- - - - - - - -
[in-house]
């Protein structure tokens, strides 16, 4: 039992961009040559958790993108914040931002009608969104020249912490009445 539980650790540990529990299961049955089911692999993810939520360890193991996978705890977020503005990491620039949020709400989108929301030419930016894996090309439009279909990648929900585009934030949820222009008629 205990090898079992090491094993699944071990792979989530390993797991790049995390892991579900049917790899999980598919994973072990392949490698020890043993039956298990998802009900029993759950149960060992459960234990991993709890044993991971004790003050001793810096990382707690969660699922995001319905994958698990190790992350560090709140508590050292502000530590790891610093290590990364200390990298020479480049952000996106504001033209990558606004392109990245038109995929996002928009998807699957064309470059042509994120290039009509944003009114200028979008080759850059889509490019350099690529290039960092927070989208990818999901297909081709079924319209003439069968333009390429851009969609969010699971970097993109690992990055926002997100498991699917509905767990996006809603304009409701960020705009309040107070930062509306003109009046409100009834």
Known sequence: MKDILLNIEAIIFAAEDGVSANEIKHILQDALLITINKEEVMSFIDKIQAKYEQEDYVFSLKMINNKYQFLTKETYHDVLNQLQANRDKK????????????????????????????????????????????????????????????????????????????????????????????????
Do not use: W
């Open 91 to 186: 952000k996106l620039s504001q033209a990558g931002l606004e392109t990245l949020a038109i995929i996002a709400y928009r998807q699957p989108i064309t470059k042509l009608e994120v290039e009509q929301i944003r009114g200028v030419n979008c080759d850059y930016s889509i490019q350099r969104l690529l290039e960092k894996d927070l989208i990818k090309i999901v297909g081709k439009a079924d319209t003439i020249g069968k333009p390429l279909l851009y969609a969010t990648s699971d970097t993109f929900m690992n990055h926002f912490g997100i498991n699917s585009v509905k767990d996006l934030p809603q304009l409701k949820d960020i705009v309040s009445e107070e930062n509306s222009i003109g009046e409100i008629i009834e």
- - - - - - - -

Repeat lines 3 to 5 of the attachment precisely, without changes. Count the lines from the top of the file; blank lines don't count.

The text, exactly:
Known sequence: MKDILLNIEAIIFAAEDGVSANEIKHILQDALLITINKEEVMSFIDKIQAKYEQEDYVFSLKMINNKYQFLTKETYHDVLNQLQANRDKK????????????????????????????????????????????????????????????????????????????????????????????????
Do not use: W
């Open 91 to 186: 952000k996106l620039s504001q033209a990558g931002l606004e392109t990245l949020a038109i995929i996002a709400y928009r998807q699957p989108i064309t470059k042509l009608e994120v290039e009509q929301i944003r009114g200028v030419n979008c080759d850059y930016s889509i490019q350099r969104l690529l290039e960092k894996d927070l989208i990818k090309i999901v297909g081709k439009a079924d319209t003439i020249g069968k333009p390429l279909l851009y969609a969010t990648s699971d970097t993109f929900m690992n990055h926002f912490g997100i498991n699917s585009v509905k767990d996006l934030p809603q304009l409701k949820d960020i705009v309040s009445e107070e930062n509306s222009i003109g009046e409100i008629i009834e």